LA's only children's museum
Zimmer Children’s Museum located on Museum Row, features hands-on exhibits and programs to explore BIG IDEAS of global citizenship, community responsibility and cultural sensitivity through interactive learning and creative self-expression.
The Zimmer Children's Museum is a hidden gem for little kids. While the Zimmer Children's Museum was Founded by the Jewish Community Foundation of Los Angeles, it's a blast for Gentile Christian kids as well.
Less museum than it is hands-on imaginative play area, one of the highlights was the full-sized ambulance. Kids eagerly waited for their turn to put on a firefighter's protective hat and sit behind the steering wheel. We took advantage of a free Grandparents' Thursday to take our then almost 2-year old. I think she could have played all day.
She loved shopping for groceries in a little store, playing cashier to ring up kids' orders, setting a table with life-like play food, pulling up a seat at the counter at a make believe deli, sitting in the cockpit of a real airplane and various other activities. Her imagination was drawn out a bit by the trio of friends, ages 2-6, we went with. She sang excitedly as she opened and closed doors and spun wheels on the "Wheels on the Bus" exhibit and pretended to visit the doctor.
She was a little too small to feel at home in the pool of balls next to a giant rescue raft, but that didn't stop her bigger friends from jumping in and pretending to go for a swim.
While the musem does have Jewish themes, they didn't matter to our little non-Jewish girl. In fact, we as Christians encouraged her to explore the torah scroll in a make believe synagogue and visit a "Wailing Wall" set up for kids to write out their prayers. When she is older, they will make excellent opportunities for us to teach her about the connections between our faiths.
Before we left, she eagerly donned a cow costume and props on a stage and sang for live cameras.
On the negative side, there wasn't much supervision, so you need to keep a good eye on your kids. Also, sometimes kids left a few play areas in disarray (they are supposed to clean up after themselves, but there isn't really anyone to enforce this other than parents). Also, apart from a vending machine, there isn't really any sort of place to eat, so you'll need to pack some snacks (which the kids can't eat in the play areas). Finally, you'll have to pass through a metal detector and have bags examined as you enter.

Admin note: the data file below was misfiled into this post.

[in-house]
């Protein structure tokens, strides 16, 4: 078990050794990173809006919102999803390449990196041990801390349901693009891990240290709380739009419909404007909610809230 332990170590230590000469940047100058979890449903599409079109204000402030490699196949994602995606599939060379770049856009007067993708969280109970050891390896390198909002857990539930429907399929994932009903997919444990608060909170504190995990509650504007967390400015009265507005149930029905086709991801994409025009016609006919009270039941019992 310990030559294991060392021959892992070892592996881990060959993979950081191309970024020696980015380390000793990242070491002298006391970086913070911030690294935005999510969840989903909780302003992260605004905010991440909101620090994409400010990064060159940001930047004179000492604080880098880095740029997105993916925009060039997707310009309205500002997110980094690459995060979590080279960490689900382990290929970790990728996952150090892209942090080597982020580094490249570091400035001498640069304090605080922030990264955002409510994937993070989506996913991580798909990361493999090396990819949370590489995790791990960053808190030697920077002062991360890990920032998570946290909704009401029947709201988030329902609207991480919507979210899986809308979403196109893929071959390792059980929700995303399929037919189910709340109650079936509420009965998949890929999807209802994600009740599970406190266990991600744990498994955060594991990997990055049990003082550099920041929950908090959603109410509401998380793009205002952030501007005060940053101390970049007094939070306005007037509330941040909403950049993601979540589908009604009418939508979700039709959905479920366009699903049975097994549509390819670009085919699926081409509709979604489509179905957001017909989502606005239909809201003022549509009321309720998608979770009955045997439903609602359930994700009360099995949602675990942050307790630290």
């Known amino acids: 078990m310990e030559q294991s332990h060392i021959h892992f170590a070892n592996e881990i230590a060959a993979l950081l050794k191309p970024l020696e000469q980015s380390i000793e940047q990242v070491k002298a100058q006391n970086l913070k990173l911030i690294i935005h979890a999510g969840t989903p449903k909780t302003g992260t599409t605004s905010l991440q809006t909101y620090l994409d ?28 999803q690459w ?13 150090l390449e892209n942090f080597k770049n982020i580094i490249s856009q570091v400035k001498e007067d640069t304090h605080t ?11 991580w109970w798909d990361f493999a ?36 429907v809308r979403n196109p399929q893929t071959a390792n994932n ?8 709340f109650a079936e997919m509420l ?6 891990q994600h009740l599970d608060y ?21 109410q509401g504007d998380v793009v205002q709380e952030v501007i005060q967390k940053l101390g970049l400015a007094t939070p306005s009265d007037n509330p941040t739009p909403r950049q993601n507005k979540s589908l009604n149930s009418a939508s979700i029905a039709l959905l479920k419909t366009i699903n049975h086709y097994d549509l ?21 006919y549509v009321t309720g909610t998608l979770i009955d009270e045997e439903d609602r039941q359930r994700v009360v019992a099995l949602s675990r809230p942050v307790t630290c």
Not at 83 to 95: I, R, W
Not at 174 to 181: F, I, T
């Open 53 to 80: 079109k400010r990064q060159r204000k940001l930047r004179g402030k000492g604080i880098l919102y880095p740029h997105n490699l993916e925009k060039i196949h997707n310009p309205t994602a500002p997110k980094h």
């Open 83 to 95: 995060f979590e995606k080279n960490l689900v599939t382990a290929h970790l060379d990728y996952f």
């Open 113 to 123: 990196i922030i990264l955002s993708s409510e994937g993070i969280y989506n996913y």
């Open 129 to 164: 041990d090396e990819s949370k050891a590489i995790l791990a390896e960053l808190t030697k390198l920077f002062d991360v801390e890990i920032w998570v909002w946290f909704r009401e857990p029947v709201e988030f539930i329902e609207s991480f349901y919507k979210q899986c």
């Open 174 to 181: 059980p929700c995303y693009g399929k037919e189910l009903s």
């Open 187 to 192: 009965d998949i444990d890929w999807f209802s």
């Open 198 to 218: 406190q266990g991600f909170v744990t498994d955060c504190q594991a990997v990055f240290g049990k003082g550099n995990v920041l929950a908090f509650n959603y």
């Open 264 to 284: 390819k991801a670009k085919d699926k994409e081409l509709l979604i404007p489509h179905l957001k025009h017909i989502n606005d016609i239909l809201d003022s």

All in all, it was a good experience. I think most kids 2-5 would love it. I just wish we lived closer, so we could make this a more regular activity.
Important side-note, the museum isn't visible from the street -- it's inside of the Jewish Federation Building. Free parking was full when we arrived, so we had to find street parking a couple of small blocks away.
The Zimmer Children’s Museum is a fun, interactive children’s museum. Although the museum is not massive in size, my girls just LOVED playing here and could have spent anywhere from 2-5 hours inside. It is almost entirely based on role-playing and fostering imagination, so the museum suits younger kids under 8 just perfectly.
The entrance level offers kids the chance to hop in the pilot’s seat of an airplane at the Discovery Airport, and perform their hearts out on the Mann Theater stage. This performance stage is really adorable: kids have a beautiful stage with props, costumes, scenery changes, backdrops, and even live cameras so they can see themselves in action. Plenty of raised seating gives grown-ups a perfect place to watch the show.
The lower level features most of the exhibits along with "Main Street," where my girls could have played for days. This area hosts a bookstore, corner market (with groceries & cash register), a house, a bagel shop, synagogue, and VIP lounge where the littlest of visitors (2 and under) can bounce and hop around in a very safe environment. This section is primarily used for role-play, and let me tell you, kids LOVE it. There were plenty of seats along the back wall for observation, or you could hop in with the kids and play with them!
In the community park, you can check out birds, bugs, and lots of animal puzzles on the wall. A fun, interactive school bus lets kids act out the “Wheels on the Bus” song; my two-year-old loved this.
My kids' favorite section was Mark Taper Foundation Aid & Rescue Center. Here we acted out an ambulance rescue, doctor’s office visit, and even a water based rescue area complete with ball-pit water and rescue vests. It was very fun to watch the kid’s imagination take over as they “swam” through the waters of this exhibit.
Tips for visiting the Zimmer:
* Strollers are not allowed and must be parked at the entrance.
* Snacks are only allowed in the snack room, and must be brought from home (there is no café or restaurant)
* Check out their V.I.B. mornings where babies can enter the Zimmer before the older kids take over.
* Grandparents visit with grandkids for free every Thursday!
* Parking is free, but the lot can fill up quickly. We had to find street parking a few blocks away.
Disclosure: I received complimentary admission to the Zimmer Children’s museum for the purpose of this review. I was not required to state any particular view; all opinions are my own.